Book chapter

The Origin of Birds: Current Consensus, Controversy, and the Occurrence of Feathers


  • 2020
Published in:
  • The Evolution of Feathers. - Springer International Publishing. - 2020, p. 27-45
English Research in the late 1900s has established that birds are theropod dinosaurs, with the discovery of feather preservation in non-avian theropods being the last decisive evidence for the dinosaur origin of this group. Partially due to the great interest in the origin of birds,
more phylogenetic analyses of non-avian theropod dinosaurs have probably been published than for any other group of fossil vertebrates. Despite a lot of uncertainty in the exact placement of many taxa and even some major clades, there is a remarkable consensus about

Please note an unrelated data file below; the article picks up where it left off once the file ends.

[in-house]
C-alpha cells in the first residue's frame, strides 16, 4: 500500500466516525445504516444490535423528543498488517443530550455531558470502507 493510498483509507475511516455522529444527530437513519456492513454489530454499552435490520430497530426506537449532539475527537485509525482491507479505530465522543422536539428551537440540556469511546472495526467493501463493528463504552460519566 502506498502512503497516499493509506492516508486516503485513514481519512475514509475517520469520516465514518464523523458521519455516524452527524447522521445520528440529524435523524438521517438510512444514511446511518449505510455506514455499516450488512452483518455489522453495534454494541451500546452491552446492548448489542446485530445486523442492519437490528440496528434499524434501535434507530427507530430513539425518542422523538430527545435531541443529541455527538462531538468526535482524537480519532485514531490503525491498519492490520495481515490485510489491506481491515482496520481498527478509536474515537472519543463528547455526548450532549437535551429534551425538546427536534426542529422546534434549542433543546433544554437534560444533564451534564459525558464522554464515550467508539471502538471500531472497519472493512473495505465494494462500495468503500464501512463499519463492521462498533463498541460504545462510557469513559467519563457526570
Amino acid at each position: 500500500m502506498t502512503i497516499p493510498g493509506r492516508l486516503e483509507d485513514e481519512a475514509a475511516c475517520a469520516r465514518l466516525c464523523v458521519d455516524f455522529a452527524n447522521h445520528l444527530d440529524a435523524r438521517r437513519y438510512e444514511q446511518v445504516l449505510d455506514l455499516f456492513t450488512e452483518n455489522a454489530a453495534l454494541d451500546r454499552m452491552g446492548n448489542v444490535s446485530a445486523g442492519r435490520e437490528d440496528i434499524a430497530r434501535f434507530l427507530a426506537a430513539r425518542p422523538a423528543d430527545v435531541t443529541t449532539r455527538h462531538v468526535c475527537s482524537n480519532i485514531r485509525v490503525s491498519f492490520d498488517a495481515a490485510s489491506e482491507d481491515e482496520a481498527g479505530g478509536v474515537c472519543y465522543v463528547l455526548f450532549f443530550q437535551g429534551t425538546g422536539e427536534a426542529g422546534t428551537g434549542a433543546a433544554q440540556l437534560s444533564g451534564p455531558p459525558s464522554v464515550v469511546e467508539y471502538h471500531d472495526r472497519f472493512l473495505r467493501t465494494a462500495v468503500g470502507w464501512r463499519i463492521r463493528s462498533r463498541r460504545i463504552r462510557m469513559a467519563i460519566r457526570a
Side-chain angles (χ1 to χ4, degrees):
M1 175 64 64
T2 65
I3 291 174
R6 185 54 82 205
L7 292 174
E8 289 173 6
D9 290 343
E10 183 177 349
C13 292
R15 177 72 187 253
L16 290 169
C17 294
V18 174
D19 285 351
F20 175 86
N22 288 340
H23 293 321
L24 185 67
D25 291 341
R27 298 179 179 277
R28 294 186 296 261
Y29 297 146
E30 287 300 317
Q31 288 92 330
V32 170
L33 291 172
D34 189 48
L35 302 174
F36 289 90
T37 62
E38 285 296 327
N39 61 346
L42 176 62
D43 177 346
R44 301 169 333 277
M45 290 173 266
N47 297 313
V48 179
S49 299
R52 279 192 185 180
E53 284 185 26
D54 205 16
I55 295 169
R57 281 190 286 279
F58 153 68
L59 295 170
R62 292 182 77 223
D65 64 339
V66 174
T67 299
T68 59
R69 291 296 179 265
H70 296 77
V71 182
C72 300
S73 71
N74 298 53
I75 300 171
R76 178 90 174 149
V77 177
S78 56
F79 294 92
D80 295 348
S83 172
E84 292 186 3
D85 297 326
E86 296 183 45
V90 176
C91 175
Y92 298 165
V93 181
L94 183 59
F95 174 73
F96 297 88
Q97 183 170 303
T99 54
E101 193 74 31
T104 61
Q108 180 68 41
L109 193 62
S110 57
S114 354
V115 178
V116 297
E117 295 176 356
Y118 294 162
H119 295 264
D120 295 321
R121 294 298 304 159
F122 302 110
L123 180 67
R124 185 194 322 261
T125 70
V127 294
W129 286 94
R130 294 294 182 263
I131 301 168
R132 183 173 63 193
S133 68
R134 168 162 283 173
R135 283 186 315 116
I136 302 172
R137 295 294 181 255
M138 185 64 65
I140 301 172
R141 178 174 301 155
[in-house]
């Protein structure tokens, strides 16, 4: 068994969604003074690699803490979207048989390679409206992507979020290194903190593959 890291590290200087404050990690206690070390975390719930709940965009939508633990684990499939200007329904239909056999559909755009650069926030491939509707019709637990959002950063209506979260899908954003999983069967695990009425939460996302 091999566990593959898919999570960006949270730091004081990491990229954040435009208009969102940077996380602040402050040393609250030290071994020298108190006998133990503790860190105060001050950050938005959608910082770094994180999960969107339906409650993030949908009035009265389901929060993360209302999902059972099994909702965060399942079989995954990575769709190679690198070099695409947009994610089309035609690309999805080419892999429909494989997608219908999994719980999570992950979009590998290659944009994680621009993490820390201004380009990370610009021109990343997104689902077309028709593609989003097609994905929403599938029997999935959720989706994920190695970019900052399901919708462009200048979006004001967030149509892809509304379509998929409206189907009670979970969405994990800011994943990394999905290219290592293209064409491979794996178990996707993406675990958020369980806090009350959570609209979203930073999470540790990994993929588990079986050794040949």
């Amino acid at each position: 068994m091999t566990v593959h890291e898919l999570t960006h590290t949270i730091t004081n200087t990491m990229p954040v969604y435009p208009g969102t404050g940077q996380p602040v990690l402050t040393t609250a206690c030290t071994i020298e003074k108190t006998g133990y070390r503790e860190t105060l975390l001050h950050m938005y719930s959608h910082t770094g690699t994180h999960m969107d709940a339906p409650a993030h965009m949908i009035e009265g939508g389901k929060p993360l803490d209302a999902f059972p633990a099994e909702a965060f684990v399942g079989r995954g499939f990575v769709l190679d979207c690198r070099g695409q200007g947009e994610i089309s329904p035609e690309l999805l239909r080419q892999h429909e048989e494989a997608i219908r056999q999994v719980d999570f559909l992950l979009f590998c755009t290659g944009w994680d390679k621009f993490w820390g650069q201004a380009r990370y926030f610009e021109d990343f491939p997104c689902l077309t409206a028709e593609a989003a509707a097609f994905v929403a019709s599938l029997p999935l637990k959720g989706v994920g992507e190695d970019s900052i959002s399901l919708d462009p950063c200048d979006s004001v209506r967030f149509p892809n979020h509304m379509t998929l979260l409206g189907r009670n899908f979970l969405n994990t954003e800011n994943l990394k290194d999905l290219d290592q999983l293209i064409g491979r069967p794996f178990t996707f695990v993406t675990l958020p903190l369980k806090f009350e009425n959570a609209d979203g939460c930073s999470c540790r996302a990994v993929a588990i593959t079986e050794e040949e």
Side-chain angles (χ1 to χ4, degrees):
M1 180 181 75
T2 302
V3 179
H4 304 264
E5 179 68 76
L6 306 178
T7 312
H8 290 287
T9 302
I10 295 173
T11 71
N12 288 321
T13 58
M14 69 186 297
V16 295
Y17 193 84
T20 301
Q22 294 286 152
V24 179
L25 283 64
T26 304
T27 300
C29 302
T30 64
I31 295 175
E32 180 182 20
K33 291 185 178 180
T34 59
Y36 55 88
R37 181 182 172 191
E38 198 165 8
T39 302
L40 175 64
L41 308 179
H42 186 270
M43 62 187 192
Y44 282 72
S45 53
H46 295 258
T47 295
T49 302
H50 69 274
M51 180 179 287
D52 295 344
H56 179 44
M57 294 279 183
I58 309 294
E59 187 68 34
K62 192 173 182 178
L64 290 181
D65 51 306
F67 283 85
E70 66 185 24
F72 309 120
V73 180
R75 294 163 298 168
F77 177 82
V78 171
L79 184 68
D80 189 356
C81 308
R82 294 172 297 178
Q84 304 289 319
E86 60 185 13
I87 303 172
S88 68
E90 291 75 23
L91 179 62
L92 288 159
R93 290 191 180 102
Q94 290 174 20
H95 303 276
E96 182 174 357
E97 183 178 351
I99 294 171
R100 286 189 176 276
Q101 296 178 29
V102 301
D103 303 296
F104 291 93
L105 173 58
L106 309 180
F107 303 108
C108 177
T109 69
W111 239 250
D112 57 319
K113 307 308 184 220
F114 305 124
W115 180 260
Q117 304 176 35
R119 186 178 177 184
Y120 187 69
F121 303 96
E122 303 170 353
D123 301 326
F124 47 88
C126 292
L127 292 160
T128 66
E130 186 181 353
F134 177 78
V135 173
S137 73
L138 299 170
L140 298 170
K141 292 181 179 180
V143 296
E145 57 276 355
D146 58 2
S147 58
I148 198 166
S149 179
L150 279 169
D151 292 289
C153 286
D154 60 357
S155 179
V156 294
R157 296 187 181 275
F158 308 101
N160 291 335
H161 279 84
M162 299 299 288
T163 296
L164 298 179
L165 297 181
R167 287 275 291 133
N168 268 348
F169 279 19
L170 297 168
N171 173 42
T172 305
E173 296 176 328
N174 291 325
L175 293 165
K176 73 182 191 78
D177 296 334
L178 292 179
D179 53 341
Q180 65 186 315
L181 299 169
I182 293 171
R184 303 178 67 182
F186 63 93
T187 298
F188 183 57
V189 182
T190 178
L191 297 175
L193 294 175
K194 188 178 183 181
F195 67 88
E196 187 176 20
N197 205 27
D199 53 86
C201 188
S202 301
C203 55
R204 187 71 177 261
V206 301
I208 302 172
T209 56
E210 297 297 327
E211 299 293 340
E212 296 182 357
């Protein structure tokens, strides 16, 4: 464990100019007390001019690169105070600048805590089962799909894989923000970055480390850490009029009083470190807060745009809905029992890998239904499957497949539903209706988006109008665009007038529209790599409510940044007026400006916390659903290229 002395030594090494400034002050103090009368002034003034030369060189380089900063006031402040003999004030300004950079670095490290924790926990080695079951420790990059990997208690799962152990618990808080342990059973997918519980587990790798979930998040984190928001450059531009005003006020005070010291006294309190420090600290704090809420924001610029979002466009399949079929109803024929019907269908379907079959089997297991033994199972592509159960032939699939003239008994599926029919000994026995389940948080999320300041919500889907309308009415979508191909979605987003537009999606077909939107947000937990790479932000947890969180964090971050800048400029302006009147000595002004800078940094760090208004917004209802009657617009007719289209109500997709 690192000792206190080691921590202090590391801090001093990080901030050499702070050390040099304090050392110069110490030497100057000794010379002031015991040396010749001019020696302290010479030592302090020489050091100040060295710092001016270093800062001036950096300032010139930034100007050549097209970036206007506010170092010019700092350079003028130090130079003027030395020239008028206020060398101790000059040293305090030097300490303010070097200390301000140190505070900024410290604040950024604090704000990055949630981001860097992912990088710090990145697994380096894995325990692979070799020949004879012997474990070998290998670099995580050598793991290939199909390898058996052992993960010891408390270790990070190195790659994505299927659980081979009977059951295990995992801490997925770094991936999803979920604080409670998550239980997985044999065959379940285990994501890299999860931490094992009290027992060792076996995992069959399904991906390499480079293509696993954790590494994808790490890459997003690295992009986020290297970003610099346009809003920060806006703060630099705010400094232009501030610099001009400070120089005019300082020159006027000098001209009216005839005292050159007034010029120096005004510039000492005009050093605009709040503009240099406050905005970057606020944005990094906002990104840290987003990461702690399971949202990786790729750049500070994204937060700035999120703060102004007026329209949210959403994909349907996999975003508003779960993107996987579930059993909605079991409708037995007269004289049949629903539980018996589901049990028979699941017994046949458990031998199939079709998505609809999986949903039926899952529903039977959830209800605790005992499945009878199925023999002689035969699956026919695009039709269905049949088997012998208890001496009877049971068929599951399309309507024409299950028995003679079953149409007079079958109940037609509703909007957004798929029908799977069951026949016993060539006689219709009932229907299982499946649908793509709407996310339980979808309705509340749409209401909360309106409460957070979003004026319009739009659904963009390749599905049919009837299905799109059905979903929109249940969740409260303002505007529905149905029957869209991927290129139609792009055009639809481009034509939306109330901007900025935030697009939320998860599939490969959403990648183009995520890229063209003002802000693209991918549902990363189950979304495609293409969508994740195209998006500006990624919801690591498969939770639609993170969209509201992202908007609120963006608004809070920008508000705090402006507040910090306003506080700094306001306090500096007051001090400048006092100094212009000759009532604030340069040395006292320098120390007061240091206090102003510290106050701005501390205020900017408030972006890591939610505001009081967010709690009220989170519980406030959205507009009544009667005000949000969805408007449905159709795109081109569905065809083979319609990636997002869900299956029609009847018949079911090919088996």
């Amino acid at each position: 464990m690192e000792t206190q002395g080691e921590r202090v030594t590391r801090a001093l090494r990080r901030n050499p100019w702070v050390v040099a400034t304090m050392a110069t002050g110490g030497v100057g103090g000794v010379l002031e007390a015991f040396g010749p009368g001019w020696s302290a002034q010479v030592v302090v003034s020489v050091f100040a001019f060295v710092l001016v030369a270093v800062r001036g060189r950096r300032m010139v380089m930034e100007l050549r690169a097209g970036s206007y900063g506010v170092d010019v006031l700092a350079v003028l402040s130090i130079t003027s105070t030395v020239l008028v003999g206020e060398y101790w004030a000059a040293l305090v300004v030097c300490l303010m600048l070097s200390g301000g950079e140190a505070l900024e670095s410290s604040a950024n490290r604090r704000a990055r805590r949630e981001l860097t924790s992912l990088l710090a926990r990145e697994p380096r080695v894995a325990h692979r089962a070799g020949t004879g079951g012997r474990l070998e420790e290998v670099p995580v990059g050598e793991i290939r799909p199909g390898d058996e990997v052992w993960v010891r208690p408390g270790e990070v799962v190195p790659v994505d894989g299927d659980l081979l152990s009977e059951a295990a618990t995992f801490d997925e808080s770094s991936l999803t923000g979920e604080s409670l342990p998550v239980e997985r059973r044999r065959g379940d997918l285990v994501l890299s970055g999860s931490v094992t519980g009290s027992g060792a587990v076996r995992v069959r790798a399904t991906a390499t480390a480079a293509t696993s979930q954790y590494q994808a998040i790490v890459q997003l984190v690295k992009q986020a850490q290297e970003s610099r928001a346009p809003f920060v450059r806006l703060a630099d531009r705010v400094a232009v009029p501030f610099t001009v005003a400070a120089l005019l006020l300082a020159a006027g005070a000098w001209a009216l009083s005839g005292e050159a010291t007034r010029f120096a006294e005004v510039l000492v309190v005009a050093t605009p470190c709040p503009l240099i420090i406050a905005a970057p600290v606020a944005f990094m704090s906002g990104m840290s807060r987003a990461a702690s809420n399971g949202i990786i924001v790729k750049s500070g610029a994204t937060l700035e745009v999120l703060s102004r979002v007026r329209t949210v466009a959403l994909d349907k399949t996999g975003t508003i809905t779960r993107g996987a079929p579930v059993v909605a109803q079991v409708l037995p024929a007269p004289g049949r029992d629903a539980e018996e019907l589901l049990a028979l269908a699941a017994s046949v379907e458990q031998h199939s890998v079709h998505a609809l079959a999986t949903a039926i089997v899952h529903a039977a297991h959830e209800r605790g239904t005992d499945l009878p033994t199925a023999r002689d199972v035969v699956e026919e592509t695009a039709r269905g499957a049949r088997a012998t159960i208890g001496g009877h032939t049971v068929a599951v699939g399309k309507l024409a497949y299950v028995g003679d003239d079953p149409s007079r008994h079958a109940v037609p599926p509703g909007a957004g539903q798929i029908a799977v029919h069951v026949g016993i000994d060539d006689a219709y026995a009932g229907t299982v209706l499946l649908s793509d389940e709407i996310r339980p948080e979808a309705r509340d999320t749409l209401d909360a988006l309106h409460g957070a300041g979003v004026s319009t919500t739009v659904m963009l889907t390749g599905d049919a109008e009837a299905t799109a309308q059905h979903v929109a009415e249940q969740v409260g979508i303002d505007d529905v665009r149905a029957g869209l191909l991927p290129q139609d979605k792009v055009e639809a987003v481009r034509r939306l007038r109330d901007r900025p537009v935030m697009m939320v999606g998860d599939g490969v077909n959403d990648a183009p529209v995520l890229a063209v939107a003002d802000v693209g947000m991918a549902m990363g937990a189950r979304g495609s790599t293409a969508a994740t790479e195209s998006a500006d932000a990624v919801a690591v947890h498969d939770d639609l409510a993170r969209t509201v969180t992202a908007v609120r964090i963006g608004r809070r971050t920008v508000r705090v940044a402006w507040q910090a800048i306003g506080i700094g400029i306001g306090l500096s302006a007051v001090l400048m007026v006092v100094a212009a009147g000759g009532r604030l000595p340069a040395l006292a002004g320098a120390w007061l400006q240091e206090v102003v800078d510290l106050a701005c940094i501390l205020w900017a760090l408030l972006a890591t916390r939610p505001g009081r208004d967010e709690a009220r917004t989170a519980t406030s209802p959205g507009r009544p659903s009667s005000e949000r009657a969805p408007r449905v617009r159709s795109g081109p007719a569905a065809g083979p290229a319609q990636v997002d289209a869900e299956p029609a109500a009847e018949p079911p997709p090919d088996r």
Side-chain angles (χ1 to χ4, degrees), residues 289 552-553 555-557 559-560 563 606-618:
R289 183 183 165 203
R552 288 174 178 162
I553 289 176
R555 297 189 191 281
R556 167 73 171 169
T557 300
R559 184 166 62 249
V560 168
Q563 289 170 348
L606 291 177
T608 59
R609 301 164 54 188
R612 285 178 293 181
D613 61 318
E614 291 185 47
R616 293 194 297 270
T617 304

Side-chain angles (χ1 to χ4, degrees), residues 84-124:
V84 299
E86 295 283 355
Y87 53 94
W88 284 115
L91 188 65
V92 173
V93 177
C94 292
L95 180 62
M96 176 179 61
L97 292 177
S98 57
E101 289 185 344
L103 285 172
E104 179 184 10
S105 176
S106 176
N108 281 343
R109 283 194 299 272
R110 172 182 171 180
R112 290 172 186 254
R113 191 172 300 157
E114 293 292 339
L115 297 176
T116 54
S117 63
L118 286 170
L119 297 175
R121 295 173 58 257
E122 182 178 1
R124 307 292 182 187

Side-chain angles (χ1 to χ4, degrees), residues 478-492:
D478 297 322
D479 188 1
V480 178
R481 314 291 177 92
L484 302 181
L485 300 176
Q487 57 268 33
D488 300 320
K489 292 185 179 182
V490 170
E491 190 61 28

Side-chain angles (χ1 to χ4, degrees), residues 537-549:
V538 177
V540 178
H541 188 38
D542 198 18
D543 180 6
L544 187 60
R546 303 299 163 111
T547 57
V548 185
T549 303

the hierarchical position of birds (here used for the total group, Avialae) within theropod dinosaurs. Thus, birds are part of Paraves, together with such well-known theropod groups as dromaeosaurids and troodontids; Paraves are part of Maniraptora, which furthermore
include Oviraptorosauria, Therizinosauroidea and Alvarezsauridae; Maniraptora belong to Maniraptoriformes, which also include Ornithomimosauria; Maniraptoriformes are a subclade of Coelurosauria, to which Tyrannosauroidea and some other basal taxa also belong; Coelurosauria are part of Tetanurae, together with Allosauroidea and Megalosauroidea; finally, Tetanurae are a subclade of Theropoda, which also include Ceratosauria and Coelophysoidea.
Faculté des sciences et de médecine
Département de Géosciences
  • English
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